Reading and Pronouncing Italian
Italian is based on a 21-letter alphabet. Though you will come across the letters J, K, W, X, and Y in your travels, you will notice that these letters only appear in words borrowed from other languages (whiskey and jolly, to name a few).
English and Italian share many cognates — words that are spelled similarly in the two languages. Some of these words are modern and are related to recent technology: telefono, calcolatrice, macchina. You will recognize many words related to musical terminology (alto, soprano, trombone) and to cuisine as well (al dente, biscotti, pepperoni).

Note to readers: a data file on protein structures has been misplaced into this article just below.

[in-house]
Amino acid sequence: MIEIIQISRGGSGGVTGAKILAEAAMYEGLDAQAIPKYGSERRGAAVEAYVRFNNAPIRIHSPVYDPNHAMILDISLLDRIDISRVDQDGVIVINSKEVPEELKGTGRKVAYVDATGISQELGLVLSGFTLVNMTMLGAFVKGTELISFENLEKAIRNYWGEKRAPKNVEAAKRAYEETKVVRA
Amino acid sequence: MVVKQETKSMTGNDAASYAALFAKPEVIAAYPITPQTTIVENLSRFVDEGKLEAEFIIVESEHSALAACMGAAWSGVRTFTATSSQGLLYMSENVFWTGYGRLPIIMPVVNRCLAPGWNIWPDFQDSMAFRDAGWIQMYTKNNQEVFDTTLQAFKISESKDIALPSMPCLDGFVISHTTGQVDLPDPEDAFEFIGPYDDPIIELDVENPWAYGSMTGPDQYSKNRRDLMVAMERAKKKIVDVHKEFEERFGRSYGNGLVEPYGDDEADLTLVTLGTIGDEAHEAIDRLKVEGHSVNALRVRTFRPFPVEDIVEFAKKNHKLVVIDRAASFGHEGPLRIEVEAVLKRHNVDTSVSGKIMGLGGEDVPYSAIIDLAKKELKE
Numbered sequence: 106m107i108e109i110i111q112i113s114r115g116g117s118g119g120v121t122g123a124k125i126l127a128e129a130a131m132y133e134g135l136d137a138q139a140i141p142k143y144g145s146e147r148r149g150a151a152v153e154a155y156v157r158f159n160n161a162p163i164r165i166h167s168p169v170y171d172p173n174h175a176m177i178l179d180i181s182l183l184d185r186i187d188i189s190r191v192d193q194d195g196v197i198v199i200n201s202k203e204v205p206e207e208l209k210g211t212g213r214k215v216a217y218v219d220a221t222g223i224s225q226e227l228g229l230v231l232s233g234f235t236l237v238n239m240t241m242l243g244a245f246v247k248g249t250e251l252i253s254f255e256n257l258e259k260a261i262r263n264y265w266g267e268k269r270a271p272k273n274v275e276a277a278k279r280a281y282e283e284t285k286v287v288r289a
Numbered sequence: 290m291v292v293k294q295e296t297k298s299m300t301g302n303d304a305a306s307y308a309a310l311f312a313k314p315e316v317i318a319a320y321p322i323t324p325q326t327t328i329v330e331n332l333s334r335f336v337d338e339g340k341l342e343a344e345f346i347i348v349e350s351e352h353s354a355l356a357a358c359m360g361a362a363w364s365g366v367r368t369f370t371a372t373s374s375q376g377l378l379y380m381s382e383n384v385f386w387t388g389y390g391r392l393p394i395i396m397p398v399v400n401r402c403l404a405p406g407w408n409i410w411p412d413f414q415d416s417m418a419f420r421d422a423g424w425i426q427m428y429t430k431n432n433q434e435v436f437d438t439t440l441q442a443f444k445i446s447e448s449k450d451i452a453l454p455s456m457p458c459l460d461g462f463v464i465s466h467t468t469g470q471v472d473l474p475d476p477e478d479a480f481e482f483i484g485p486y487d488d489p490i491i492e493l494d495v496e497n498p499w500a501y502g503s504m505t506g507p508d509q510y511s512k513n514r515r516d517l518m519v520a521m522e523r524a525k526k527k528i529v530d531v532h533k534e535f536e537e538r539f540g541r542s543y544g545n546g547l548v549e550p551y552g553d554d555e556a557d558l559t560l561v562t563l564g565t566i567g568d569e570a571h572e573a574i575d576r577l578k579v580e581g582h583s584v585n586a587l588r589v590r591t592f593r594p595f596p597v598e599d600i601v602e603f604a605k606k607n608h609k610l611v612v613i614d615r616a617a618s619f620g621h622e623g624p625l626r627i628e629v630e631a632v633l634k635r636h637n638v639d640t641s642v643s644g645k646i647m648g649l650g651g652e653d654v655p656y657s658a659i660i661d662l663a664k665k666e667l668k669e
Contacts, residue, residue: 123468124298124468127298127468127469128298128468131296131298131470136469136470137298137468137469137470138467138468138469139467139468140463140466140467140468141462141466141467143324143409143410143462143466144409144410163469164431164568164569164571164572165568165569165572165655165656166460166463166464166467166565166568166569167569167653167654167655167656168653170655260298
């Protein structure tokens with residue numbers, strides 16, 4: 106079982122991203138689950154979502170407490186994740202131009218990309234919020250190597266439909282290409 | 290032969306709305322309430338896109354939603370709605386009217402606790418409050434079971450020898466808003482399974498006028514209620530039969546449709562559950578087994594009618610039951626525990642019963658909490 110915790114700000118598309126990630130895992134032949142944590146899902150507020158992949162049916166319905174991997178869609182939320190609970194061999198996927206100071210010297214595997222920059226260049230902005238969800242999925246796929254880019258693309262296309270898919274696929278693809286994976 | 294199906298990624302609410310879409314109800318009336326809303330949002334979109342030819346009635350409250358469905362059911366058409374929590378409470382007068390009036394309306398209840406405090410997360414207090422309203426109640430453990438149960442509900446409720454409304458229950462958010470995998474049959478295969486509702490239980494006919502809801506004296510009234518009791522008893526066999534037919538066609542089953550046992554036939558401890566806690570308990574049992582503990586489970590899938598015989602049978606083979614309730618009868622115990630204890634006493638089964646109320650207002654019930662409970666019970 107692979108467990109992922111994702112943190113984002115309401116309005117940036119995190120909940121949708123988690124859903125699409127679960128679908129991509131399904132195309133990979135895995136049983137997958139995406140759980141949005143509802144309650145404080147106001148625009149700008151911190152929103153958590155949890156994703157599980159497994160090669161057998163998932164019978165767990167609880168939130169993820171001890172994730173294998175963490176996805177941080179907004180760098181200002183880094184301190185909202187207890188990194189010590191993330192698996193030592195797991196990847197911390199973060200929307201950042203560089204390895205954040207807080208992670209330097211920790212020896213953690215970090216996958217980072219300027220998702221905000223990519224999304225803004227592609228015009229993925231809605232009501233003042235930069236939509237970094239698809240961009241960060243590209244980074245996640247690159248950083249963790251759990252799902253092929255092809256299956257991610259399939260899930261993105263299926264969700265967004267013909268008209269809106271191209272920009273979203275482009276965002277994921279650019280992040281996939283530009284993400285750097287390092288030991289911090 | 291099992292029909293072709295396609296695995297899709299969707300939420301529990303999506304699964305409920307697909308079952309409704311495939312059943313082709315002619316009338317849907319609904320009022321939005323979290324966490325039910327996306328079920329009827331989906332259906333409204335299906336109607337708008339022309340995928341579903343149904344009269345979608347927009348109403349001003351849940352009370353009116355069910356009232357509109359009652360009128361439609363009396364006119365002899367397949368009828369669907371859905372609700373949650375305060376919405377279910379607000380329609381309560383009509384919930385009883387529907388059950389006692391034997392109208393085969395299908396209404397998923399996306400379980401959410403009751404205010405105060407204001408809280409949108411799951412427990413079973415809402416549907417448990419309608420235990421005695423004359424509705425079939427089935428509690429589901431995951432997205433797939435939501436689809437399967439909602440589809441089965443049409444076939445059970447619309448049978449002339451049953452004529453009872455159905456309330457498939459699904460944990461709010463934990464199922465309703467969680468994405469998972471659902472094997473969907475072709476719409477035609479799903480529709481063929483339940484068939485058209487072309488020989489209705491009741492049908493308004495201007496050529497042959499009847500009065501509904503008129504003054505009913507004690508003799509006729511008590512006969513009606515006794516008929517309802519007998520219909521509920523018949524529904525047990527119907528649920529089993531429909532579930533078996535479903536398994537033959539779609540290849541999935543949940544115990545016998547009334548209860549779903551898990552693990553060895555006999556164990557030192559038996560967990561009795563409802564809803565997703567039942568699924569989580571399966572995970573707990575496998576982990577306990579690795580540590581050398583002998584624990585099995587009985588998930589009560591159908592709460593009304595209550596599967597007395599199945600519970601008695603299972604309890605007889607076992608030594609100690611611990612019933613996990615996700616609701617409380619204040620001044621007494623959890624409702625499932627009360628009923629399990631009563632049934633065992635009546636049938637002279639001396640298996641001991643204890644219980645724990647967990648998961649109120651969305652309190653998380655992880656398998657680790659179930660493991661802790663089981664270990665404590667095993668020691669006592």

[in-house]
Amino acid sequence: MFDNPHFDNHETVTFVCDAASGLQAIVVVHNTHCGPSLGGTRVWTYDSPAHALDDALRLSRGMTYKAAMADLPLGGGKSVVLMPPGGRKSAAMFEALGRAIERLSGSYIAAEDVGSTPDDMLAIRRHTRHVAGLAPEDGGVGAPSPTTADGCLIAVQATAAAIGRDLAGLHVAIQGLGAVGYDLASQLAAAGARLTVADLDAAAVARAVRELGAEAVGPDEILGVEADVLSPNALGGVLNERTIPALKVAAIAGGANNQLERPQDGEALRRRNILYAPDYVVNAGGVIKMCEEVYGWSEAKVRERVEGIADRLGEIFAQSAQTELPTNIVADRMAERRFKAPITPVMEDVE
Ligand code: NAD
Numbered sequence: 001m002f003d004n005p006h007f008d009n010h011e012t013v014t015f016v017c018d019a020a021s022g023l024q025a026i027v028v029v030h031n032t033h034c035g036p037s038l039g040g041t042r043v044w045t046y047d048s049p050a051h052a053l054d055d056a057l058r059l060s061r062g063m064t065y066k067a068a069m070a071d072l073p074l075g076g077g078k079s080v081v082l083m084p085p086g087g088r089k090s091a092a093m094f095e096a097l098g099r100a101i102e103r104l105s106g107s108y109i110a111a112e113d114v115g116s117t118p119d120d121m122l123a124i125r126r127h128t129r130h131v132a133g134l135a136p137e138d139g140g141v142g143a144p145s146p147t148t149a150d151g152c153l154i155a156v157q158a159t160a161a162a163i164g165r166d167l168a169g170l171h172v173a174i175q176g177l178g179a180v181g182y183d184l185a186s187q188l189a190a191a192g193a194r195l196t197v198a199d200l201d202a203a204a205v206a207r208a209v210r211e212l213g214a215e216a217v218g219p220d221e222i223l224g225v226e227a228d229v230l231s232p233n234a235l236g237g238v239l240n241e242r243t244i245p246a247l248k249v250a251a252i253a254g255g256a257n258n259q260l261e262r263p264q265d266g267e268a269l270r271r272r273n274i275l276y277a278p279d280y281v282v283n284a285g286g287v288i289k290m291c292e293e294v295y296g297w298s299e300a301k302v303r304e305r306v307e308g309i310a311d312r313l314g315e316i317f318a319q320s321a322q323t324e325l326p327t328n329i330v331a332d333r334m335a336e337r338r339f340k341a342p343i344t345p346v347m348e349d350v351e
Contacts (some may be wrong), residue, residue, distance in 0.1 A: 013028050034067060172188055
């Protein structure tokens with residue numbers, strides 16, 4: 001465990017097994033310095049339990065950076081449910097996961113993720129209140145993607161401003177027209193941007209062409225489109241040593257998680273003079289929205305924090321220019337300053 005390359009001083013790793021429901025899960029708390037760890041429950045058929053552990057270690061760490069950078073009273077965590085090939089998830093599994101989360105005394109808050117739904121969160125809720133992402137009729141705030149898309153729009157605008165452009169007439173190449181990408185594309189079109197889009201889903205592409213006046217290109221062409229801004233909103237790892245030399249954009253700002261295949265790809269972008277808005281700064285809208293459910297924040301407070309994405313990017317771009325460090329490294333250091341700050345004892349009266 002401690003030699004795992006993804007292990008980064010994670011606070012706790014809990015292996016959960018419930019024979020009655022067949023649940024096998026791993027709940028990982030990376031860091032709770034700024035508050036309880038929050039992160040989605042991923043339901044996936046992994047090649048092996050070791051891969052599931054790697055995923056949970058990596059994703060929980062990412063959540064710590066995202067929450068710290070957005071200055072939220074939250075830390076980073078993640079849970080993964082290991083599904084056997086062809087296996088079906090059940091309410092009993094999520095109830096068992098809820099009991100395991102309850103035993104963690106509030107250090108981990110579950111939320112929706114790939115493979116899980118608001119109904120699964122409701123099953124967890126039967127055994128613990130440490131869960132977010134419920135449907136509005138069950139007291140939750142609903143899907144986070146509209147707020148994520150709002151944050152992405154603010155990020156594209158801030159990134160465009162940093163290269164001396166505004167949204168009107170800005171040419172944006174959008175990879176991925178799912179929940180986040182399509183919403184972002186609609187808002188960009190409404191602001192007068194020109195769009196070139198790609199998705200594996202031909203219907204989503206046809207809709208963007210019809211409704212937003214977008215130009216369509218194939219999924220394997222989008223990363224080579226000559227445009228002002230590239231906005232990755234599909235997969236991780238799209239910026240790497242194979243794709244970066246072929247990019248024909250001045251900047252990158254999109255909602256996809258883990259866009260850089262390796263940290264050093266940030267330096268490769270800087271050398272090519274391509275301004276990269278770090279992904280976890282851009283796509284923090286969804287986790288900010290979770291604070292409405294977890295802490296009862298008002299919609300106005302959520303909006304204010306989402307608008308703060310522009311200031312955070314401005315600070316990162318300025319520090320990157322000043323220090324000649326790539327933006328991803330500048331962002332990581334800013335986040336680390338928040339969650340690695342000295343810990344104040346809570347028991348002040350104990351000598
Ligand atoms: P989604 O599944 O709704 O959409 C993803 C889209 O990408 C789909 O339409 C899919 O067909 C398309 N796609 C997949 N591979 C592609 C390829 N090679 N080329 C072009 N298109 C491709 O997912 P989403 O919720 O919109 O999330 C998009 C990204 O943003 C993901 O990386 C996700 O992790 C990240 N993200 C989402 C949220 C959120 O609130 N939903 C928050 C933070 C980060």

The vowels a and e can have two slightly different pronunciations. There is no way to tell by looking at a written word which pronunciation to use. Pesca (peach) is spelled the exact same way as pesca (fishing). There is a very slight pronunciation difference between the two: pesca (pronounced PAYS-ca) means fishing, pesca (pronounced PESS-ca) means peach.
In addition to the 21 Italian letters, there are five foreign letters, used in words borrowed from other languages.
How can I practice my pronunciation?
Pronunciation isn't something that can be learned from a book, and learning to speak Italian won't come from reading a book. Hire a native speaker as a tutor, watch Italian movies, and listen to Italian music to develop an ear for spoken Italian.